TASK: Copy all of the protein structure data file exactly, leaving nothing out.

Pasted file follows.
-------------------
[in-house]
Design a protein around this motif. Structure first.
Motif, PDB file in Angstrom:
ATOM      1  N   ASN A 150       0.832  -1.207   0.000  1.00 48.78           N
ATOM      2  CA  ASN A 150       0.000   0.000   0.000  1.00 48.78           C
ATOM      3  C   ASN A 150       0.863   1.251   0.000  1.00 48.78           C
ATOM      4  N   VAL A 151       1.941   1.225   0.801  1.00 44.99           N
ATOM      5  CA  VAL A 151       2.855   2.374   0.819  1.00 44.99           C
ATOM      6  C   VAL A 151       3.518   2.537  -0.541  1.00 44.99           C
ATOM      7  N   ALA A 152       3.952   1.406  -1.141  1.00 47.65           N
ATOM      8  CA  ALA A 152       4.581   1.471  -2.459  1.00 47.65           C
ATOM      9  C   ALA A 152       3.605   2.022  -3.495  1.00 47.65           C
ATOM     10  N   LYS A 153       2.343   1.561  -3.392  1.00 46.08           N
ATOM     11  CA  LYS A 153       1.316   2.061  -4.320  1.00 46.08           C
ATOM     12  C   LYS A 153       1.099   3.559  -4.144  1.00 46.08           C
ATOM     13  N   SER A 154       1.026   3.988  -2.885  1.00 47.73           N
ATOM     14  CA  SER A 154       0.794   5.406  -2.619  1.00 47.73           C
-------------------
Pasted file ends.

[in-house]
Design a protein around this motif. Structure first.
Motif, PDB file in Angstrom:
ATOM      1  N   ASN A 150       0.832  -1.207   0.000  1.00 48.78           N
ATOM      2  CA  ASN A 150       0.000   0.000   0.000  1.00 48.78           C
ATOM      3  C   ASN A 150       0.863   1.251   0.000  1.00 48.78           C
ATOM      4  N   VAL A 151       1.941   1.225   0.801  1.00 44.99           N
ATOM      5  CA  VAL A 151       2.855   2.374   0.819  1.00 44.99           C
ATOM      6  C   VAL A 151       3.518   2.537  -0.541  1.00 44.99           C
ATOM      7  N   ALA A 152       3.952   1.406  -1.141  1.00 47.65           N
ATOM      8  CA  ALA A 152       4.581   1.471  -2.459  1.00 47.65           C
ATOM      9  C   ALA A 152       3.605   2.022  -3.495  1.00 47.65           C
ATOM     10  N   LYS A 153       2.343   1.561  -3.392  1.00 46.08           N
ATOM     11  CA  LYS A 153       1.316   2.061  -4.320  1.00 46.08           C
ATOM     12  C   LYS A 153       1.099   3.559  -4.144  1.00 46.08           C
ATOM     13  N   SER A 154       1.026   3.988  -2.885  1.00 47.73           N
ATOM     14  CA  SER A 154       0.794   5.406  -2.619  1.00 47.73           C